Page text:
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The voice of Scotland’s vibrant voluntary sector

Published by Scottish Council for Voluntary Organisations

TFN is published by the Scottish Council for Voluntary Organisations, Mansfield Traquair Centre, 15 Mansfield Place, Edinburgh, EH3 6BB. The Scottish Council for Voluntary Organisations (SCVO) is a Scottish Charitable Incorporated Organisation. Registration number SC003558.

Opening your home and heart to those fleeing persecution

This opinion piece is almost 9 years old
 

​12 years ago, then MSP Rosie Kane opened her doors to a mother and daughter fleeing persecution. As calls grow for people to do the same in light of the growing refugee crisis, she reflects on her positive experiences.

Pope, politicians and ordinary people are suggesting we should open our homes to refugees at the moment, and in light of the current mass movement of people across the globe, there is no doubt that those of us who can reach out really should.

Those of us who have not yet been corrupted and corroded by the hate and suspicion peddled by some parts of the media and right-wing government are bursting with empathy for the folk who need us so much at the moment.

However, this is not a new thing – people seeking safety, work or a better life have been making their way here for years. In 2003 when I was an MSP and making one of my regular visits to Dungavel Detention Centre I was made aware, by one of the security staff, of a woman and her eight-month-old child who were in trauma. The guard passed me a wee note with a name on it and the words “can you help?”.

Cutting a very long story short I intervened at the immigration court and persuaded the sheriff to release this woman and her wee girl into my care for the sum of £100. I then phoned home and told my daughters I was bringing home a woman called Mercy and her baby, Percie-liz. I hadn’t met Mercy until she stood in the court shaking and crying pleading to be allowed out of detention. Mercy was seeking asylum from Cameroon.

When you open your home you also open your heart and your mind and as long as that is the case all will be well

Getting used to an woman from Africa and her wee lassie was the easy part for my daughters and me. Seeing her stressing about her future and her fears for her husband Peter, whom she had lost contact with in the turmoil, was agony.

We all grew very close very fast, and I was incredibly proud of my children and extended family for the support and love they showed our new family members. There was no clash of cultures, there was just a daily learning about each other’s past and present and hope for the future.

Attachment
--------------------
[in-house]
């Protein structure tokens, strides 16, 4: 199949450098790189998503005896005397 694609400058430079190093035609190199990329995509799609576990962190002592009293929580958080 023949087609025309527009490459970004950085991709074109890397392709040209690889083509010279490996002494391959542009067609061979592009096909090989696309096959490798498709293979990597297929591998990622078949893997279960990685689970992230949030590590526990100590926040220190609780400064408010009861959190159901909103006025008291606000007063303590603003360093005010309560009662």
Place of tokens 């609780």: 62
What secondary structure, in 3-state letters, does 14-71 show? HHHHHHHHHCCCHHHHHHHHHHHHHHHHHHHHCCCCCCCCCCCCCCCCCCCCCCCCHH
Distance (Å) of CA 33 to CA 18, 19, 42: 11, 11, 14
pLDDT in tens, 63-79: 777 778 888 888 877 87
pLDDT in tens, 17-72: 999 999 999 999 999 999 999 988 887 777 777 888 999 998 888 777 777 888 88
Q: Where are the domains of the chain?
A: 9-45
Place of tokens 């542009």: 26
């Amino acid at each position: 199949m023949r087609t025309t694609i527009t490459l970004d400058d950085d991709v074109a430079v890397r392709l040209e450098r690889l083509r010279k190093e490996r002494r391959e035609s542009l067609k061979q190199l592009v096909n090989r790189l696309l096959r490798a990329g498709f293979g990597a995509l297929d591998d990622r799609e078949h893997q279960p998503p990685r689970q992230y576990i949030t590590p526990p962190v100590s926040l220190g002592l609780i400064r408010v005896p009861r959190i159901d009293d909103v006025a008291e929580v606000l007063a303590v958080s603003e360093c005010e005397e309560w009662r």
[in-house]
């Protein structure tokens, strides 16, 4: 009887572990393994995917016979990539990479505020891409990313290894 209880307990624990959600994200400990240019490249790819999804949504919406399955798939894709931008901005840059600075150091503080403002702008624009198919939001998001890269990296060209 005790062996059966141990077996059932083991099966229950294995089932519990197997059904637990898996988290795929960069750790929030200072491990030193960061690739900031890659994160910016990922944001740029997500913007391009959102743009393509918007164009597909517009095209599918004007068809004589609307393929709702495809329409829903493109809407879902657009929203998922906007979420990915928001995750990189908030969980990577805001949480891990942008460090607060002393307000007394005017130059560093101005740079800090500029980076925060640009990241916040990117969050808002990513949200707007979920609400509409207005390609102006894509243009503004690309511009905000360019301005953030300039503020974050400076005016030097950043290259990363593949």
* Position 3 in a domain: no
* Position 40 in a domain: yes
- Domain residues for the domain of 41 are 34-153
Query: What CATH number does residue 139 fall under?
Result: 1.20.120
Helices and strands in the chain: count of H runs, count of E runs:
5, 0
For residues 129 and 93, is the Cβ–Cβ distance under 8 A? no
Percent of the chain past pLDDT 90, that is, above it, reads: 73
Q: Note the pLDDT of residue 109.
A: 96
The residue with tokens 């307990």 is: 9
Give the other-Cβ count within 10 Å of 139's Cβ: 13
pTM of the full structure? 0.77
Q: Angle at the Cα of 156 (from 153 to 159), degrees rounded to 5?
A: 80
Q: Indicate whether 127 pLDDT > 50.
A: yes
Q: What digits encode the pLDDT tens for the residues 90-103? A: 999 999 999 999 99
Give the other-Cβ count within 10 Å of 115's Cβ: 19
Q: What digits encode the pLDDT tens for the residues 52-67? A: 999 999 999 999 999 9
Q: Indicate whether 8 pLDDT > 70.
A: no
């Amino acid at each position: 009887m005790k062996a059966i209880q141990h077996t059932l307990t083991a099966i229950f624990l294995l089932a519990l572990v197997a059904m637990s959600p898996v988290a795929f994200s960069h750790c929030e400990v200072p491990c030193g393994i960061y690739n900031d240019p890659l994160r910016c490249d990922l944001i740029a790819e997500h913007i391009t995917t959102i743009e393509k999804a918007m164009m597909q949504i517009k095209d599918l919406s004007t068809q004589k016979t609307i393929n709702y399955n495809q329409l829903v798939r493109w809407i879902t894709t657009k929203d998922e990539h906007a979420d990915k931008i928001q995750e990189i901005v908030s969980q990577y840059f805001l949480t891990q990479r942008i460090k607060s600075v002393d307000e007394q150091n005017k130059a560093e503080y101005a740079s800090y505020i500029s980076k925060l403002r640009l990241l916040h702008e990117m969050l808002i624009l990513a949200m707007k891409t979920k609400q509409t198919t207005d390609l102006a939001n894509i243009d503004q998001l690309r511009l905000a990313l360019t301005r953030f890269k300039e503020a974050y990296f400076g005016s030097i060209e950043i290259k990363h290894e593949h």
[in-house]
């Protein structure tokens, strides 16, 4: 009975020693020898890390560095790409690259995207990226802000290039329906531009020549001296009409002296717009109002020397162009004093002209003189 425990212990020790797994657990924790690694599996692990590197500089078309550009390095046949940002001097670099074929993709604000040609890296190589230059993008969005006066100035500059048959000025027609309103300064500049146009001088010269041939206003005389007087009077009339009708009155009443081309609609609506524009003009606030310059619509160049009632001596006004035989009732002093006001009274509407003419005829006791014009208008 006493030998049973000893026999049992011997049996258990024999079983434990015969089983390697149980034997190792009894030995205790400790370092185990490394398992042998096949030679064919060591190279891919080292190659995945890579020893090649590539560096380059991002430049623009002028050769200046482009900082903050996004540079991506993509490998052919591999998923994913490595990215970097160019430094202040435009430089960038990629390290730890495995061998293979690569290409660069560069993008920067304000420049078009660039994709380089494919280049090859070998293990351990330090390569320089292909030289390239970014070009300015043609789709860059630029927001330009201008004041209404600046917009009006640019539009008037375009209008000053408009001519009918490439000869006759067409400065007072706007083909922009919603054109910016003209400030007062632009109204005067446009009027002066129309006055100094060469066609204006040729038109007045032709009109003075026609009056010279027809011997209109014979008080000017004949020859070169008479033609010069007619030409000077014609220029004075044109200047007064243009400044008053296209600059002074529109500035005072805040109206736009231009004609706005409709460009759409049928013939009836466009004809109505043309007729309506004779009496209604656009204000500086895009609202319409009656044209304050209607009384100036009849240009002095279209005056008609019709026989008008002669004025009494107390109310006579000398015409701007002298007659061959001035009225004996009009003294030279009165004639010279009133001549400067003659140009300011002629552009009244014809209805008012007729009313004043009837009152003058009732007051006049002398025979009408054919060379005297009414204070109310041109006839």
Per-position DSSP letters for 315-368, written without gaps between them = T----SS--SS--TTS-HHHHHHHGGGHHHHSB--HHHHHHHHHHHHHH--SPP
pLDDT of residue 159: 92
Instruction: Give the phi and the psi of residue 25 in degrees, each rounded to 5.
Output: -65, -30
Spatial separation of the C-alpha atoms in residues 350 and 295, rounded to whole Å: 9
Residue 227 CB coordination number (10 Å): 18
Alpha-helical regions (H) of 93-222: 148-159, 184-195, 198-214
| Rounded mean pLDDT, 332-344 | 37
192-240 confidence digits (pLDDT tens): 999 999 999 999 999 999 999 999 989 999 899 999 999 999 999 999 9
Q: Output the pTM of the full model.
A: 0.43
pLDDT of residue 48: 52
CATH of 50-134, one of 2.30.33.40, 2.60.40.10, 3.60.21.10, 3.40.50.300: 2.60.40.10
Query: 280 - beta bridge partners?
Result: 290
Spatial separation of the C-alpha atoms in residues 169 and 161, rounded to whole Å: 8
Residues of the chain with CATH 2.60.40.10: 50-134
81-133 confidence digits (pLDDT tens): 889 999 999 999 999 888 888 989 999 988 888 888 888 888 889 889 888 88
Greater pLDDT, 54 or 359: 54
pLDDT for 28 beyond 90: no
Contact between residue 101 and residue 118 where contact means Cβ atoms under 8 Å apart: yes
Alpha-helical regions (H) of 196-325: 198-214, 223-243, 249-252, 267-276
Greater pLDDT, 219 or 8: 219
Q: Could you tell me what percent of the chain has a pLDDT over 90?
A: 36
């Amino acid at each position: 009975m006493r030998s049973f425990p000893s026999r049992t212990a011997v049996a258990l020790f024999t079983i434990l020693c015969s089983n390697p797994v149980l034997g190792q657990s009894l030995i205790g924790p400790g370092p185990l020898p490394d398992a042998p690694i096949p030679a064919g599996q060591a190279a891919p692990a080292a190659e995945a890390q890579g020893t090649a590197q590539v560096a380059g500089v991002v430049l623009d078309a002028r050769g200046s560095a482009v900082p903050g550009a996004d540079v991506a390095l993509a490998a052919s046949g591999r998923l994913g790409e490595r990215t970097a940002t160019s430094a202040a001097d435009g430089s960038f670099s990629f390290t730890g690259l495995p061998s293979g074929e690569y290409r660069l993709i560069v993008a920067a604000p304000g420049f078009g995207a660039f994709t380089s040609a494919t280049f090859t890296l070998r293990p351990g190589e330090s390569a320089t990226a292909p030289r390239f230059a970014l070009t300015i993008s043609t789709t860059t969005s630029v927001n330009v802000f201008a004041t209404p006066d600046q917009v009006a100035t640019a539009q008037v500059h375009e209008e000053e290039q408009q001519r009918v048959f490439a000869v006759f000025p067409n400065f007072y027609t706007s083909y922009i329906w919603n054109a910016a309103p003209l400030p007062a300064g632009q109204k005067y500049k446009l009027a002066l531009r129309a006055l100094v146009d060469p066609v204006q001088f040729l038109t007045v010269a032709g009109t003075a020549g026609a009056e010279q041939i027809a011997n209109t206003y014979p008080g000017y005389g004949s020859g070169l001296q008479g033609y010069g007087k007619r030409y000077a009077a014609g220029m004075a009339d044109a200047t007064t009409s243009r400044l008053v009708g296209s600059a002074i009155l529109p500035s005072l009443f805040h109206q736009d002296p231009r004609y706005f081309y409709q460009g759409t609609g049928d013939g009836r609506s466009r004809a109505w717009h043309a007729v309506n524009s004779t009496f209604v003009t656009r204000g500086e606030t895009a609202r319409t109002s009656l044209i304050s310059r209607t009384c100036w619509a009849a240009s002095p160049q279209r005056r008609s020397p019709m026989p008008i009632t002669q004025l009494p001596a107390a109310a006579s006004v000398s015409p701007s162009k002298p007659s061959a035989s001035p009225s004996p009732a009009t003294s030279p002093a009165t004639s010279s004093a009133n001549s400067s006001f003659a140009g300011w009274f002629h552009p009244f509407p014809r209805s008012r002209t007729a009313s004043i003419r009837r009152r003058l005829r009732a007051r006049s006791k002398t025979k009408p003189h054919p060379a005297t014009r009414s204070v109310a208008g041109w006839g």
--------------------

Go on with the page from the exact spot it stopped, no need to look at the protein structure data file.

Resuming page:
Over time Mercy connected with other folk who had come here seeking asylum, which meant I often had a house full of African women and their children. We genuinely enriched each other’s lives and remain friends – no, sisters – to this day.

Mercy was eventually granted Irish citizenship with her daughter. After a great deal of searching and a few wee magical coincidences we located her husband, and the two are now together and have a second child, Harry.

I wasn’t alone at the time. My good friend Catriona Grant also opened her home to a woman and her child and saved them from the horror of detention and deportation – and a good few other folk helped in this way too.

The thing is, it is not an easy thing to do. Welcoming Mercy and her baby into our home was something I was able to do, I didn’t really have the space but we all budged up and got on with it. However, in the current crisis I would offer a word of… well… caution.

It is essential that when there are masses of people seeking refuge and people are reaching out there has to be due care and attention to safety on all sides. Should I have been able to take a woman and child home for £100 bail money? There were no formal supports or checks, no social work involvement, no financial or psychological supports for any of us and the normal rules of overcrowding did not apply.

If I can, I will help again, but I would like to see some sort of base to ensure that vulnerable and frightened people are supported and that host homes are helped in any way required. Most people will be acting from the kindness of their hearts but we have to be mindful that where there are vulnerable people, there can be predators. For this reason, I reckon the setting up of centres for practical support is essential before folk finally reach our homes.

We love Mercy and her family and I will always be grateful to that security guard who brought us together. When you open your home you also open your heart and your mind, and as long as that is the case, all will be well.